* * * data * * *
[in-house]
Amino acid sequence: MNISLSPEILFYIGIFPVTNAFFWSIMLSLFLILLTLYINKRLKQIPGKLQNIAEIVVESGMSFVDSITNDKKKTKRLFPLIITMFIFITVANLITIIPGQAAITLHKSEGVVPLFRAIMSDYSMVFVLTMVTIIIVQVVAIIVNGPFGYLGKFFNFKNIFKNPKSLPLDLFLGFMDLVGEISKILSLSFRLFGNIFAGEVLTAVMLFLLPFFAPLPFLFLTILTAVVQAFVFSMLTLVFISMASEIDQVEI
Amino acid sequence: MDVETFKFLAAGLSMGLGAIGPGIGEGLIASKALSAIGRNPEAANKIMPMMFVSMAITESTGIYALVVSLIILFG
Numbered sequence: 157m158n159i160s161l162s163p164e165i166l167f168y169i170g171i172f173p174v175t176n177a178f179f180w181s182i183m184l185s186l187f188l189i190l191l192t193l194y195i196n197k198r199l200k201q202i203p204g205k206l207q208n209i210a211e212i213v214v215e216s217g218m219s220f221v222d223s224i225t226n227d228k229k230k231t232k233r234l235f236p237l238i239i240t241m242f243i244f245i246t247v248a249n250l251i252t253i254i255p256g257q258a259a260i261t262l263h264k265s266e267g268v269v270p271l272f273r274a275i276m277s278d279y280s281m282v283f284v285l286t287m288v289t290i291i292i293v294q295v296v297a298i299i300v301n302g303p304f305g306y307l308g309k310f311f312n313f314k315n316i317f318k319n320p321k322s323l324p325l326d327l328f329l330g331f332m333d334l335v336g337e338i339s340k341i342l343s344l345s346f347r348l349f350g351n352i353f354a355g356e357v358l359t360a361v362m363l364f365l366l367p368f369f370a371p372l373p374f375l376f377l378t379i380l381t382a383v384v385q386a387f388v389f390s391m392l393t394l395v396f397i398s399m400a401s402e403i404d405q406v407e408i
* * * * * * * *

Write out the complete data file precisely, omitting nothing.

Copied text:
[in-house]
Amino acid sequence: MNISLSPEILFYIGIFPVTNAFFWSIMLSLFLILLTLYINKRLKQIPGKLQNIAEIVVESGMSFVDSITNDKKKTKRLFPLIITMFIFITVANLITIIPGQAAITLHKSEGVVPLFRAIMSDYSMVFVLTMVTIIIVQVVAIIVNGPFGYLGKFFNFKNIFKNPKSLPLDLFLGFMDLVGEISKILSLSFRLFGNIFAGEVLTAVMLFLLPFFAPLPFLFLTILTAVVQAFVFSMLTLVFISMASEIDQVEI
Amino acid sequence: MDVETFKFLAAGLSMGLGAIGPGIGEGLIASKALSAIGRNPEAANKIMPMMFVSMAITESTGIYALVVSLIILFG
Numbered sequence: 157m158n159i160s161l162s163p164e165i166l167f168y169i170g171i172f173p174v175t176n177a178f179f180w181s182i183m184l185s186l187f188l189i190l191l192t193l194y195i196n197k198r199l200k201q202i203p204g205k206l207q208n209i210a211e212i213v214v215e216s217g218m219s220f221v222d223s224i225t226n227d228k229k230k231t232k233r234l235f236p237l238i239i240t241m242f243i244f245i246t247v248a249n250l251i252t253i254i255p256g257q258a259a260i261t262l263h264k265s266e267g268v269v270p271l272f273r274a275i276m277s278d279y280s281m282v283f284v285l286t287m288v289t290i291i292i293v294q295v296v297a298i299i300v301n302g303p304f305g306y307l308g309k310f311f312n313f314k315n316i317f318k319n320p321k322s323l324p325l326d327l328f329l330g331f332m333d334l335v336g337e338i339s340k341i342l343s344l345s346f347r348l349f350g351n352i353f354a355g356e357v358l359t360a361v362m363l364f365l366l367p368f369f370a371p372l373p374f375l376f377l378t379i380l381t382a383v384v385q386a387f388v389f390s391m392l393t394l395v396f397i398s399m400a401s402e403i404d405q406v407e408i